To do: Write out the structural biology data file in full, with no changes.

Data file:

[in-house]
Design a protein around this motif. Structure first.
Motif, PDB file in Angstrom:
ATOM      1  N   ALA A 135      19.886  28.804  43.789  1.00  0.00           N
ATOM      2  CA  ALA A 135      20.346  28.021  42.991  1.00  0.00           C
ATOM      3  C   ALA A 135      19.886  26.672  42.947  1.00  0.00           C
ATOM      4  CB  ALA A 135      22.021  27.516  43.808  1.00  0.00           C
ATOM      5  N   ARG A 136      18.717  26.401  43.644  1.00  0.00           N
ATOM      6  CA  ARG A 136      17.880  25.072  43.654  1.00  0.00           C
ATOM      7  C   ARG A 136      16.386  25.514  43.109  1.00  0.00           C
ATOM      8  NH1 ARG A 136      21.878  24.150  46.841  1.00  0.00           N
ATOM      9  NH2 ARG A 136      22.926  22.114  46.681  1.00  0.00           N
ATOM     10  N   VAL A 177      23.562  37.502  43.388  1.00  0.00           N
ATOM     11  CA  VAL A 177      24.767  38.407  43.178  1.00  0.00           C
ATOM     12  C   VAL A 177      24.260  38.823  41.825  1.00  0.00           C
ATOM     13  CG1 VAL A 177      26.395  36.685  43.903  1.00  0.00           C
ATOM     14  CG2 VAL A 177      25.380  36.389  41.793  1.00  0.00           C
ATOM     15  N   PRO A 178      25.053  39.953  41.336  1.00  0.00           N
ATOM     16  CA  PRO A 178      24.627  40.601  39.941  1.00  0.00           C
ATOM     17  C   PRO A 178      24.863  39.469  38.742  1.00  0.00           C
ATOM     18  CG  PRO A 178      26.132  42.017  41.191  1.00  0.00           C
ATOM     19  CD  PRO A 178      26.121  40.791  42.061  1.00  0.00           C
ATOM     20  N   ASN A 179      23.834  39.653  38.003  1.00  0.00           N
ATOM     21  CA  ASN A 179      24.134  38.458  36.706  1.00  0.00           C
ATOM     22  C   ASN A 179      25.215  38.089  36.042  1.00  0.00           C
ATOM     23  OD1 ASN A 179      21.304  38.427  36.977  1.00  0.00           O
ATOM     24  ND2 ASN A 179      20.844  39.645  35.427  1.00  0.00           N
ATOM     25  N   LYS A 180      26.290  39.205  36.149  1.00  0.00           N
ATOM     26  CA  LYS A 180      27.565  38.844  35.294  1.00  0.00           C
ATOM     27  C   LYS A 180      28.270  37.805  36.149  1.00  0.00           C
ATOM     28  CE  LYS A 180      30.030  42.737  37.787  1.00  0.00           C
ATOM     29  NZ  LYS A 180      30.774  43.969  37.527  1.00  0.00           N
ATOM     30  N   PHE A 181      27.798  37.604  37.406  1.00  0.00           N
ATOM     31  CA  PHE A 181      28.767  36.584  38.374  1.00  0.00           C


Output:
[in-house]
Design a protein around this motif. Structure first.
Motif, PDB file in Angstrom:
ATOM      1  N   ALA A 135      19.886  28.804  43.789  1.00  0.00           N
ATOM      2  CA  ALA A 135      20.346  28.021  42.991  1.00  0.00           C
ATOM      3  C   ALA A 135      19.886  26.672  42.947  1.00  0.00           C
ATOM      4  CB  ALA A 135      22.021  27.516  43.808  1.00  0.00           C
ATOM      5  N   ARG A 136      18.717  26.401  43.644  1.00  0.00           N
ATOM      6  CA  ARG A 136      17.880  25.072  43.654  1.00  0.00           C
ATOM      7  C   ARG A 136      16.386  25.514  43.109  1.00  0.00           C
ATOM      8  NH1 ARG A 136      21.878  24.150  46.841  1.00  0.00           N
ATOM      9  NH2 ARG A 136      22.926  22.114  46.681  1.00  0.00           N
ATOM     10  N   VAL A 177      23.562  37.502  43.388  1.00  0.00           N
ATOM     11  CA  VAL A 177      24.767  38.407  43.178  1.00  0.00           C
ATOM     12  C   VAL A 177      24.260  38.823  41.825  1.00  0.00           C
ATOM     13  CG1 VAL A 177      26.395  36.685  43.903  1.00  0.00           C
ATOM     14  CG2 VAL A 177      25.380  36.389  41.793  1.00  0.00           C
ATOM     15  N   PRO A 178      25.053  39.953  41.336  1.00  0.00           N
ATOM     16  CA  PRO A 178      24.627  40.601  39.941  1.00  0.00           C
ATOM     17  C   PRO A 178      24.863  39.469  38.742  1.00  0.00           C
ATOM     18  CG  PRO A 178      26.132  42.017  41.191  1.00  0.00           C
ATOM     19  CD  PRO A 178      26.121  40.791  42.061  1.00  0.00           C
ATOM     20  N   ASN A 179      23.834  39.653  38.003  1.00  0.00           N
ATOM     21  CA  ASN A 179      24.134  38.458  36.706  1.00  0.00           C
ATOM     22  C   ASN A 179      25.215  38.089  36.042  1.00  0.00           C
ATOM     23  OD1 ASN A 179      21.304  38.427  36.977  1.00  0.00           O
ATOM     24  ND2 ASN A 179      20.844  39.645  35.427  1.00  0.00           N
ATOM     25  N   LYS A 180      26.290  39.205  36.149  1.00  0.00           N
ATOM     26  CA  LYS A 180      27.565  38.844  35.294  1.00  0.00           C
ATOM     27  C   LYS A 180      28.270  37.805  36.149  1.00  0.00           C
ATOM     28  CE  LYS A 180      30.030  42.737  37.787  1.00  0.00           C
ATOM     29  NZ  LYS A 180      30.774  43.969  37.527  1.00  0.00           N
ATOM     30  N   PHE A 181      27.798  37.604  37.406  1.00  0.00           N
ATOM     31  CA  PHE A 181      28.767  36.584  38.374  1.00  0.00           C